Wednesday, October 16, 2013

Fairy Adventure Party

 I have a soft spot for fairies.  I admit it.  Not so much the Disney variety, but the 'real' fairies.  The ones that inspire entire cultures to create intricate legends to explain their behavior.  The ones that intimidate societies into dedicating bridges to them and who then refuse to pass over without acknowledging the said fairies.  The ones that inspired the likes of Sir Arthur Conan Doyle, J.M. Barrie, and Cicely Mary Barker.

When Shaggy and I took a trip to the Isle of Man a few years back, I was delighted by the way their culture embraces fairies.  And with sights like this everywhere, it's easy to see why they feel that way.
Yep, I like fairies.  And I love the way my littles believe in them, and the magical quality they lend to games and imagination.  R is pretty sure in her knowledge of fairies.  She knows what they sound like, and look like, and what they think.  I find so much joy in participating in that belief with her.

So, it wasn't much of a stretch to have a fairy party for her birthday this year.  Plus, it helped that we've done fairy stuff before and had things on hand.
Since R is not content to be a strict girly-girl, the party needed to have a definite element of adventure to it.  She loves adventures.  So, we came up with a story that the guests could work their way through during the party.
The invitation said, "My dear fairy friend, I bring you some very grave news from the Enchanted Briar, where I live.  A bad wizard has cast a spell and imprisoned the good fairies of the Briar.  My powers are not strong enough to fight him alone and bring peace back to my land in time to celebrate my 6th birthday.  I need your help!  Please meet me and my dearest friends from across the land at the Briar on Saturday.  Send a message as soon as possible to let me know I can count on your help.  I do hope you can come.  Your friend, R of the Enchanted Briar."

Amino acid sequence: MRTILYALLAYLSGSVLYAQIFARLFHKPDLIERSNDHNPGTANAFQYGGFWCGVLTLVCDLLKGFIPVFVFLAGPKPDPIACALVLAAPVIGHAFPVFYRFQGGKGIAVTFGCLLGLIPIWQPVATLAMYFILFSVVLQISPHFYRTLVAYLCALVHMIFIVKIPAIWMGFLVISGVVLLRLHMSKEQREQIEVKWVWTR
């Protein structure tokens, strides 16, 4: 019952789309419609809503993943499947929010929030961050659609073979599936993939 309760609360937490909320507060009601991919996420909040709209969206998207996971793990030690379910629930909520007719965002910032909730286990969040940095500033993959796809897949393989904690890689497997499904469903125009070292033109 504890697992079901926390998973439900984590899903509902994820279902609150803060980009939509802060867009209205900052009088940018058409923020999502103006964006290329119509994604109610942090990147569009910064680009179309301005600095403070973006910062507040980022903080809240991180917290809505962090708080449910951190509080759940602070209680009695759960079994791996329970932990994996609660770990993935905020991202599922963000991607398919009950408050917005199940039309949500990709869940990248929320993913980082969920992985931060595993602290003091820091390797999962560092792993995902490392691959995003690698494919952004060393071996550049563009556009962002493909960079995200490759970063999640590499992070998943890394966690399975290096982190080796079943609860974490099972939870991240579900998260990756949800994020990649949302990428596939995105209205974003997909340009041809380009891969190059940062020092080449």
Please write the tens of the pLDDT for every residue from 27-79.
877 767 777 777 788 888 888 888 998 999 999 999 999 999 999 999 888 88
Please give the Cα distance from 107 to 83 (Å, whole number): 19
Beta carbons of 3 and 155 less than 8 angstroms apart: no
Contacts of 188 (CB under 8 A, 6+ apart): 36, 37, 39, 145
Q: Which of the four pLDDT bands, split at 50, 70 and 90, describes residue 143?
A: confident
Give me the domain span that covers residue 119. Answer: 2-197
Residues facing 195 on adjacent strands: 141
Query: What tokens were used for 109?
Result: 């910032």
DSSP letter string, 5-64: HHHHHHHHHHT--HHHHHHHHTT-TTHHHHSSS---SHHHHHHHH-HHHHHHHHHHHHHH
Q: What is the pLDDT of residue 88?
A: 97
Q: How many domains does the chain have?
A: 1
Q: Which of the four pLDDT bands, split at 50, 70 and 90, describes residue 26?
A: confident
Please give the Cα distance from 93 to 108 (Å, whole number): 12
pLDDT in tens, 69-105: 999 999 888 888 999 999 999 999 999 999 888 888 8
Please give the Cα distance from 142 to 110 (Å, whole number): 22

Six was the perfect age for this party.  Some of the girls we invited were breathless in anticipation of helping the poor, trapped fairies.  I was such fun to watch!
We started out with K leading a class about fairies.  She asked the girls what they knew about them, helped fill in the rest and wrote it all down on a white board.  She still loves to play teacher every once in a while.
Then we went outside to send some messages to the fairies.  The kids whispered into bubbles and sent them flying so the poor, trapped fairies would know that help was on the way and they shouldn't give up hope. 
It must have worked, because when the kids came back into the living room, they searched high and low for an unusual object.  And they found a Harry Potter book which had a secret compartment inside which contained a magnifying glass and peepholes which let them see magic.
Now, before you roll your eyes and think about how over the top this may seem, I should disclose the following information.  The peepholes were prisms leftover from an old science party.  When you look through them, it refracts the light and looks like a rainbow.
Like this.  K was very curious as to weather she could take a photo through the prism.  So she tried it.  I'd say it worked well!